Tag: FBI

‘Englewood Four’ to Receive $31 Million in Settlement of Chicago Wrongful Conviction Case

Harold Richardson, from left, Vincent Thames, Terrill Swift and Michael Saunders were convicted of a 1994 rape and murder but later were cleared. (Terrence Antonio James/Chicago Tribune)

by Fran Spielman via chicagosuntimes.com

Four Englewood teenagers coerced into confessing to a rape and murder they did not commit before being exonerated by DNA evidence will divide a $31 million settlement from Chicago taxpayers, one of the largest in the city’s history.

Michael Saunders, Vincent Thames, Harold Richardson and Terrill Swift were between 15 and 18 when they were arrested for the November 1994 murder of Nina Glover. An autopsy concluded that the 30-year-old prostitute had been strangled. Her naked body was discovered behind a liquor store at 1400 W. Garfield wrapped in a bloody sheet and stuffed in a dumpster.

In 2011, a judge overturned the conviction of the “Englewood Four,” freeing Richardson and Saunders after they spent 17 years behind bars. Swift and Thames, who served more than a dozen years, had already been released.

“These were four young men who no way possible they could have committed the crime they were manipulated and coerced into confessing to. They all spent . . . over a decade in prison for something they didn’t do. The number is very large and the magnitude of the injury is very large,” said attorney Locke Bowman, who represented Swift.

Bowman said the $31 million settlement would not have been possible if former assistant state’s attorney Terence Johnson hadn’t “broken ranks from the other law enforcement personnel” and provided a statement to the FBI that confirmed what the Englewood Four had long maintained.

“This was psychological coercion primarily in all four of the cases. They were tricked and coerced into confessing . . . They were fed the information. And they were the victims of police overreaching,” Bowman said Friday.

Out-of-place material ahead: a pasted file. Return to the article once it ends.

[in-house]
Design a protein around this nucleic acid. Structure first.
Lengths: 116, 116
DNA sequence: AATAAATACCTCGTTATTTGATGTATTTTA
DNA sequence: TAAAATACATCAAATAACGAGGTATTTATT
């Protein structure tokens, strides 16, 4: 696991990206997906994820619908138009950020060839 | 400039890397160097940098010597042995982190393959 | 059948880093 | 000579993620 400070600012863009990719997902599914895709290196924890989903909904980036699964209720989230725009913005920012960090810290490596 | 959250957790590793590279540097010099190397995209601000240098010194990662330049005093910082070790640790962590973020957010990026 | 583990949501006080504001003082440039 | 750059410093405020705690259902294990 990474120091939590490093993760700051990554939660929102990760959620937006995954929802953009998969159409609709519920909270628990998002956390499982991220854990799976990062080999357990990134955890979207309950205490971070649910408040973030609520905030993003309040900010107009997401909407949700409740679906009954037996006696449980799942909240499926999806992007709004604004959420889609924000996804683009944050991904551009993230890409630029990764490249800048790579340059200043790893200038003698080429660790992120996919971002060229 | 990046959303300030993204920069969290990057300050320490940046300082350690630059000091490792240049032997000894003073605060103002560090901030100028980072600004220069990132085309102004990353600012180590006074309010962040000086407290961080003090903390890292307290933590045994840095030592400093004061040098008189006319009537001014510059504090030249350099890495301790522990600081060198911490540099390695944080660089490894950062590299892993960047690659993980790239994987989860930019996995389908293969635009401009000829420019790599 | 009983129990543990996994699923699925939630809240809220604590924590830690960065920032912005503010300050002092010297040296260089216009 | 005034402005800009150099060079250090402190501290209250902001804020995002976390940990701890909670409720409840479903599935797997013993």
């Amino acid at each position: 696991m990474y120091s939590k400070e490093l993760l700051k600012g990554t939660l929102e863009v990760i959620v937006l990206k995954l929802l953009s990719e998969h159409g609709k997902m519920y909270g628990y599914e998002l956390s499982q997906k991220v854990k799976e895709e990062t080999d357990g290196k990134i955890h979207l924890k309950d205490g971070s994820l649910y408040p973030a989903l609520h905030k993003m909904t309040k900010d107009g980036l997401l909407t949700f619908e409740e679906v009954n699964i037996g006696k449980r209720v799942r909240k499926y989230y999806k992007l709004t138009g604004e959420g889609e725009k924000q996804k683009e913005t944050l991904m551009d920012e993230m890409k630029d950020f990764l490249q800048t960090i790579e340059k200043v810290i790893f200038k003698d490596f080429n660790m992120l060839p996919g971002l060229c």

Continue reading “‘Englewood Four’ to Receive $31 Million in Settlement of Chicago Wrongful Conviction Case”

President Barack Obama Signs Emmett Till Bill To Reopen Unsolved Civil Rights Cases

President Barack Obama (photo via vibe.com/Getty Images)

article via vibe.com

President Barack Obama signed legislation earlier this month that allows the FBI and the Department of Justice to reopen unsolved civil rights cases. Initially titled Emmett Till Unsolved Civil Rights Crimes, the updated version of this bill now allows both agencies to bring to justice those who committed crimes prior to 1970.

Named after Emmett Till, the 14-year-old boy from Chicago who was taken from his bed in the middle of night, beat and shot by two white men for allegedly whistling at a white woman, the Justice Department is being encouraged to reach out to “activists, advocates and academics working on these issues.”

Other departments who will aid in resolving these cases include the Cold Case Justice Initiative at Syracuse University, Northeastern University School of Law’s Civil Rights and and Restorative Justice Project, The Georgia Civil Rights Cold Cases Project at Emory University.

To read full article, go to: POTUS Signs Emmett Till Bill To Reopen Unsolved Civil Rights Cases

FBI To Finally Collect & Publish Info About Police-Involved Fatal Shootings

(Photo via Getty Images)
(Photo via Getty Images)

Responding to long running complaints about the lack of national data available for how often police resort to deadly force, the FBI on Monday announced plans to track and publish the statistics.

The Washington Post reports that FBI Director James B. Comey described the information as vital in the ongoing debate over policing in the United States.

Via the Washington Post:

Continuing “without comprehensive data only stalls meaningful conversation and fuels empty debates, both within law enforcement and in the communities we serve,” [Comey] wrote in a message accompanying the release of the FBI’s crime statistics for 2014.

This is not the first time Comey has criticized the lack of data available regarding how often police officers shoot and kill people. While the federal government does track some fatal police shootings, federal officials have acknowledged that this data is incomplete. Not all agencies in the United States participate in the voluntary reporting system, which had left a considerable gap in the ongoing public discussion.